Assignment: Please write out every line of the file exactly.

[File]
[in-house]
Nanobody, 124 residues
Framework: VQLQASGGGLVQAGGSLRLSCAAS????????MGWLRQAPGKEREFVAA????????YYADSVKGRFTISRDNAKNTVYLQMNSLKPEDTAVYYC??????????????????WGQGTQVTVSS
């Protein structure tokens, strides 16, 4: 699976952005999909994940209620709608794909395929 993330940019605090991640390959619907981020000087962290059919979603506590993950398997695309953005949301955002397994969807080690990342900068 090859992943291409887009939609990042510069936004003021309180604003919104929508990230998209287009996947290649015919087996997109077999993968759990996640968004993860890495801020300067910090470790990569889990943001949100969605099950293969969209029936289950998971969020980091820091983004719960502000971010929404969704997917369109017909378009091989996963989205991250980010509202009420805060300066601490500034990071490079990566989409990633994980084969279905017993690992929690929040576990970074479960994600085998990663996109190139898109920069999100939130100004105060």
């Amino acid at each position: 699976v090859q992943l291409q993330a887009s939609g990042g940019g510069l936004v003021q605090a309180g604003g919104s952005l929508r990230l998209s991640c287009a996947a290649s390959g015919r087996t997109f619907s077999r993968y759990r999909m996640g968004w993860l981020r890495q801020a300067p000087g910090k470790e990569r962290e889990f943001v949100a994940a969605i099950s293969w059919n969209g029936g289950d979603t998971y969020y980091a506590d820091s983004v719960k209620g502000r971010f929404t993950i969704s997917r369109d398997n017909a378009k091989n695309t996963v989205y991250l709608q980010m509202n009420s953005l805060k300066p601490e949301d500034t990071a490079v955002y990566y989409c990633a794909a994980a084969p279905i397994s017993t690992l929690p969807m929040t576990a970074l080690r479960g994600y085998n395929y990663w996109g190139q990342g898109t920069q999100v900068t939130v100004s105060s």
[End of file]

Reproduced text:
[in-house]
Nanobody, 124 residues
Framework: VQLQASGGGLVQAGGSLRLSCAAS????????MGWLRQAPGKEREFVAA????????YYADSVKGRFTISRDNAKNTVYLQMNSLKPEDTAVYYC??????????????????WGQGTQVTVSS
């Protein structure tokens, strides 16, 4: 699976952005999909994940209620709608794909395929 993330940019605090991640390959619907981020000087962290059919979603506590993950398997695309953005949301955002397994969807080690990342900068 090859992943291409887009939609990042510069936004003021309180604003919104929508990230998209287009996947290649015919087996997109077999993968759990996640968004993860890495801020300067910090470790990569889990943001949100969605099950293969969209029936289950998971969020980091820091983004719960502000971010929404969704997917369109017909378009091989996963989205991250980010509202009420805060300066601490500034990071490079990566989409990633994980084969279905017993690992929690929040576990970074479960994600085998990663996109190139898109920069999100939130100004105060």
């Amino acid at each position: 699976v090859q992943l291409q993330a887009s939609g990042g940019g510069l936004v003021q605090a309180g604003g919104s952005l929508r990230l998209s991640c287009a996947a290649s390959g015919r087996t997109f619907s077999r993968y759990r999909m996640g968004w993860l981020r890495q801020a300067p000087g910090k470790e990569r962290e889990f943001v949100a994940a969605i099950s293969w059919n969209g029936g289950d979603t998971y969020y980091a506590d820091s983004v719960k209620g502000r971010f929404t993950i969704s997917r369109d398997n017909a378009k091989n695309t996963v989205y991250l709608q980010m509202n009420s953005l805060k300066p601490e949301d500034t990071a490079v955002y990566y989409c990633a794909a994980a084969p279905i397994s017993t690992l929690p969807m929040t576990a970074l080690r479960g994600y085998n395929y990663w996109g190139q990342g898109t920069q999100v900068t939130v100004s105060s």